I've enjoyed Dex's odyssey of grief recovery, and despite Lumen's whininess, I'm intrigued by their increasingly co-dependent relationship. The Santa Muerte killings at the beginning of the season were pretty cool, too, and I enjoyed the addition of Cira (April Hernandez) to the cast as the upstart beat cop looking to make her way into Homicide. And, of course, Peter Weller's performance as the deliciously corrupt Liddy has been one of -- if not the -- highlight of the year.
At the same time, I was flat-out pissed off by the stupidity of the LaGuerta/Angel marriage subplot, which made every episode feel longer than an hour. The pacing has been horribly glacial at times, with very little quality action or character development to offset it. Quinn and Deb's fuck-buddy-turn-bf/gf routine has been haphazard, and Quinn's development into the heavy has been inconsistent and annoying.
It seems that everytime I've allowed myself to love an episode, something happens to make me long for earlier days in the series when Dex didn't feel so cluttered by meaningless subplots, tired character arcs, and a hero that didn't feel the need to apologize for his sociopathy.
That said, I loved episode eight of this season.
Right from the start it had me hooked by the ultra-cliched introduction of Jordan Chase's (Johnny Lee Miller) self-help seminar, which Dexter has decided to attend as recon to set-up his murder of Chase's right hand man/bodyguard, Cole. When Dex is invited up to Chase's suite to meet the motivational guru, the tension amped up to a point we haven't really had all year. Chase seemed to know everything about Dex, while Dexter seemed to know very little about him. This is a position Dex has very rarely found himself in -- since the Ice Truck Killer. Johnny Lee Miller knocked the ball out of the park in his moments on screen, playing Chase with a manic energy belieing a killer mania beneath. By the episode's end, Dexter finally confirms that Chase was one of Lumen's tormentors -- the creepy Tick-Tock Man -- and it leaves us with the great anticipation and excitement of wondering exactly how Dex intends to abduct and murder such a high profile -- for lack of a better word -- celebrity.
The set-up and execution of Cole was excellent, and gave Michael C. Hall and Julia Stiles a chance to continue working on building chemistry. While I'm not 100% sold on their relationship, I'm intrigued. I loved the scene in the hotel room when they hear a woman's screams and Dexter discovers that it's Cole brutally fucking a woman next door, but when he returns to Lumen he finds her shell-shocked and rocking back and forth on the floor. Dex's attempt to calm her is a beautifully played moment. The moment is an effective set-up to the climatic murder of Cole, in which Lumen returns the favor to Dexter by giving him the comfort of acceptance for his compulsion.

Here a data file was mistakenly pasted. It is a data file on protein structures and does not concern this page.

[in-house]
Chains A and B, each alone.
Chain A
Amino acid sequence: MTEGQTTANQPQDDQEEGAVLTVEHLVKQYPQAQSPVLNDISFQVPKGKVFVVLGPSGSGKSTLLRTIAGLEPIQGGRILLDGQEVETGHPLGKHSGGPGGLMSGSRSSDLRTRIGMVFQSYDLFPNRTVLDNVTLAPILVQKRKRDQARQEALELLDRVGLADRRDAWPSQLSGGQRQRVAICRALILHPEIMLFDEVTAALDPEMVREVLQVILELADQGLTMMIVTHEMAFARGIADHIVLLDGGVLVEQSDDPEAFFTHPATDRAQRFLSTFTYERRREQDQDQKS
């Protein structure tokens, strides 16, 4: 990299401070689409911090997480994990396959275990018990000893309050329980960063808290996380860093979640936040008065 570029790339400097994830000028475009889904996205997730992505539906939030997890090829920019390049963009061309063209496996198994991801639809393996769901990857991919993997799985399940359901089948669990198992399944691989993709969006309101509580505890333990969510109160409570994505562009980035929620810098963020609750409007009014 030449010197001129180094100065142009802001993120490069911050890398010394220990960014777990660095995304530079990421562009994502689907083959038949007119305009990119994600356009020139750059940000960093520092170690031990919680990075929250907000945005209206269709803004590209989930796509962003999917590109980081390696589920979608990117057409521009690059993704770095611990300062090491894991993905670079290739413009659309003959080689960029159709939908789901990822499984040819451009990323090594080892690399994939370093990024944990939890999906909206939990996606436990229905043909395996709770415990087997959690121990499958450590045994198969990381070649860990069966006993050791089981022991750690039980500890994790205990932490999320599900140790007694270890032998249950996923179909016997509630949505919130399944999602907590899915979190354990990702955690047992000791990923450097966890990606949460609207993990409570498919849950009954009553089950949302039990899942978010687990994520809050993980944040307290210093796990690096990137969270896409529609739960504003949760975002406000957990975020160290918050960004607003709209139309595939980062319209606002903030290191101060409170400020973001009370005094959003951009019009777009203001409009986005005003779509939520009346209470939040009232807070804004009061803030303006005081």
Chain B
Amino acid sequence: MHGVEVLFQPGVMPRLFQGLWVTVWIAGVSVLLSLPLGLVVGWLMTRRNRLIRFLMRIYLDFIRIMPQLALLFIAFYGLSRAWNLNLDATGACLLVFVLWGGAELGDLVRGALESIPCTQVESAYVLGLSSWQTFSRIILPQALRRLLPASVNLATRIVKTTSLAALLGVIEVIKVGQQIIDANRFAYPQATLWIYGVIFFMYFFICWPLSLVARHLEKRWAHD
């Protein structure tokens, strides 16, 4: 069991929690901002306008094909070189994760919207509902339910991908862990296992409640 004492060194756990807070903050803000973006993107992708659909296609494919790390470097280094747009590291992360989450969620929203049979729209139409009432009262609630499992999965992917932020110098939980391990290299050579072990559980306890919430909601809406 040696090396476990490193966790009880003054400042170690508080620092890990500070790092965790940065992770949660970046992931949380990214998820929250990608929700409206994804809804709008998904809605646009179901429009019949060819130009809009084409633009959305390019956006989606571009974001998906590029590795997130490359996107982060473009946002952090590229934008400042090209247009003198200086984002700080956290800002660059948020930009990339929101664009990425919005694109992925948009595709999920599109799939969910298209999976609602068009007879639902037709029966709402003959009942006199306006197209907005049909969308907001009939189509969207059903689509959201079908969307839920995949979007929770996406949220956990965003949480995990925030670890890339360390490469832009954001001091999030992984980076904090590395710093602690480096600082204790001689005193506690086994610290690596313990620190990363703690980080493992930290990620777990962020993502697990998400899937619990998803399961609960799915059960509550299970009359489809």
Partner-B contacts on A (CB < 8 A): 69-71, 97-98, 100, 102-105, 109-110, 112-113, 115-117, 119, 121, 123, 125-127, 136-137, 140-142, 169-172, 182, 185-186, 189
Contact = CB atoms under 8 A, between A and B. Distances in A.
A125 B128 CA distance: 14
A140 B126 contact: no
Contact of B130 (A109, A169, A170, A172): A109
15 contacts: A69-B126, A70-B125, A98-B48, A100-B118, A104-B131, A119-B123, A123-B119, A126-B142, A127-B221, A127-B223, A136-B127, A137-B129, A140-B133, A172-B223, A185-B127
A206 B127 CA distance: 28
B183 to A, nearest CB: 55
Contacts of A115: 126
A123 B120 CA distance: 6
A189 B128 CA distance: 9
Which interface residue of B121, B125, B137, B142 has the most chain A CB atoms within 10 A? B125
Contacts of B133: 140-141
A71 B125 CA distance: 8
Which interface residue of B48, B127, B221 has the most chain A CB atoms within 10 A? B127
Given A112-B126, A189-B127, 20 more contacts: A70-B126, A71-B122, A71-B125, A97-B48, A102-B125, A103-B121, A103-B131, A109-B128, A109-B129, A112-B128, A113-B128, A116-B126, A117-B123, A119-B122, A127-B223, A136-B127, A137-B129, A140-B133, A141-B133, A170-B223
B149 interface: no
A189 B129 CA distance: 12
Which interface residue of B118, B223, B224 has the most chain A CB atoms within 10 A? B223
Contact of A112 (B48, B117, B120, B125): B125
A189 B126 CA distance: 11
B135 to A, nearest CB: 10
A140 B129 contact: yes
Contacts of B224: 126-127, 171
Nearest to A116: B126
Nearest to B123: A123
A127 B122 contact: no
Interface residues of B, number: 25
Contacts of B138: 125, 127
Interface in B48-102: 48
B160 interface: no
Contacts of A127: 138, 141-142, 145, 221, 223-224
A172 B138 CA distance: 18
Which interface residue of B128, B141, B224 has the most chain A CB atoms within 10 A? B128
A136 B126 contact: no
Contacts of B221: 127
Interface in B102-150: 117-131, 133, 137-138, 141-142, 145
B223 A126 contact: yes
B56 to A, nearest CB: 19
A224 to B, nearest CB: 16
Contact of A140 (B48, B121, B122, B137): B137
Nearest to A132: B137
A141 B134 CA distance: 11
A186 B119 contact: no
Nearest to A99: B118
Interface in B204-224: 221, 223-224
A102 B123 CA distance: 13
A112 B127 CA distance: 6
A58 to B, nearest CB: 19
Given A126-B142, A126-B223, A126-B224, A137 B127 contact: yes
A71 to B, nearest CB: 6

At the same time, I really enjoyed the Miami Metro story, mainly because it centered on real police politics and Deb's role as a cop. Deb's romantic storylines have never quite compelled me much*, and her time with Quinn, as I said earlier, hasn't been very exciting. So, it was with great pleasure that I watched Deb stand up to LaGuerta over the debacle at the Mayan Nightclub. Deb was self-assured, and full of reason and wisdom. Don't rush to a quick judgment, don't throw anyone under the bus, and take responsibility were her main points. Unfortunately, LaGuerta's a selfish bitch, and instead of using neophyte officer Cira as a scapegoat, she chose instead to target Deb.
* I've always loved Deb's character primarily because she flies against the traditional feminine stereotype of the love-obsessed career woman. She's foul-mouthed, violent, yet remarkably insecure about trying to become a man in a man's world. Whenever the show takes her towards romance, which it has done ad nauseum every season, it's always been frustrating because she becomes more typical. I get that this is supposed to be the irony of her character, and I can appreciate it from a writer's perspective. Unfortunately, sometimes the execution is sloppy and uninspired. The only time I've ever felt invested in her love life was during her affair with Lundy, mostly because it served as a foil for her blossoming life as a detective in homicide.
While I saw the twist coming from a miles away, I was still excited by it. Now Deb has the opportunity to step back and get more involved in the Quinn/Liddy storyline, which was taken up a few notches this episode. Liddy managed to get Lumen's personal information after arranging an "accident" at the marina, and by the episode's end, he had photographs of Dex and Lumen dumping Cole's body at sea. That was a great twist moment, and Peter Weller played it to the hilt with that slimy grin and cackle.
Dexter now has two foes worthy of his attention in Chase and Liddy. What happens next will hopefully redeem what otherwise has been a frustrating season.